Change Thinking, Change Parenting


Don't have a "wonderful relationship" with your child at the expense of being a great parent.

Browsing a gift shop the other day, I happened on a decorative plaque on which was inscribed a quote attributed to the late "power of positive thinking" guru Norman Vincent Peale: "Change your thinking, and you change your world."

I thought hard about that for several hours and came to the conclusion that Peale was being redundant. A change of thinking doesn't change THE world, and I'm reasonably certain that he wasn't a humanist, so he really didn't believe in the idea that each of us constructs our own, equally valid, reality.

So I think he meant to say, "If you change your thinking, your entire worldview changes." And when one's worldview changes, his perceptions, priorities, values and relationship to everything in the world changes as well. For those reasons, his behavior also changes.

How does this relate to parenting? Years ago, I came to the realization that the problems today's parents suffer with the behavior of their children is primarily a matter of faulty thinking on their part. A person living in or before the 1950s could not have ever imagined that just two generations later, parents would be having the sort of child-rearing problems today's parents report.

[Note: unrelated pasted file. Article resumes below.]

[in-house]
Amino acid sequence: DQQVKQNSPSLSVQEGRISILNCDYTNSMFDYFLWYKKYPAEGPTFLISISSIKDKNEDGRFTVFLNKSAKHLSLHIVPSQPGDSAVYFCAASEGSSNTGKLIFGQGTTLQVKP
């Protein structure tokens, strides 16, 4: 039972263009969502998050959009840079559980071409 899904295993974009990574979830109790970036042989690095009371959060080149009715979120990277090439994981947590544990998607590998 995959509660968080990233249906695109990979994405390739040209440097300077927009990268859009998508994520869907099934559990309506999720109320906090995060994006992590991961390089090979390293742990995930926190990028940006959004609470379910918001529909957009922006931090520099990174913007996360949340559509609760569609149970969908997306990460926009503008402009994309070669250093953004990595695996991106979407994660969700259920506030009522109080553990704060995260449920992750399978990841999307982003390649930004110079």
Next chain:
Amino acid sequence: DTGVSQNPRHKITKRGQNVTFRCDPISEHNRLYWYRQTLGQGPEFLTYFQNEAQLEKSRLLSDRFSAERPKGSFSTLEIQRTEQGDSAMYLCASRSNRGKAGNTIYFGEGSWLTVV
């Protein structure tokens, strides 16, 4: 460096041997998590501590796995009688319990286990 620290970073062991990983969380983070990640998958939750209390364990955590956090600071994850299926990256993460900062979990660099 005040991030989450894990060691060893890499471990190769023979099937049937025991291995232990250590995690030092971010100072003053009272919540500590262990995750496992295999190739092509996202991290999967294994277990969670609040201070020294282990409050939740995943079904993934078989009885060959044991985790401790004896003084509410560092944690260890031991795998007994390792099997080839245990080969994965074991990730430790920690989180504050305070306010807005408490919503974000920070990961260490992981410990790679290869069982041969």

For example, there is every reason to believe that in the 1950s, it was the rare child who was "oppositional" or threw tantrums after his or her 3rd birthday. And people who taught back then scratch their heads over this ADHD thing.

Today's parents think high self-esteem is a good thing, for example, whereas their great-grandparents thought humility was the desirable trait. As parents have embraced dysfunctional ideas, the behavior of children has worsened.

Those great-grandparents understood that children need leadership from the significant adults in their lives. Today's parents are trying to have "wonderful relationships" with their children. They don't know that competent leadership eventually leads to very satisfactory relationship, but the attempt to have wonderful relationship shoots leadership in the foot.

I started with a quote from Norman Vincent Peale. I will end with a similar sentiment expressed by Bob Dylan: "Gonna change my way of thinkin', get myself a different set of rules" ("Gonna Change My Way of Thinking, " 1979). Peale and Dylan are talking about a change in one's worldview; I'm talking about a change in one's parent-view. Same difference.

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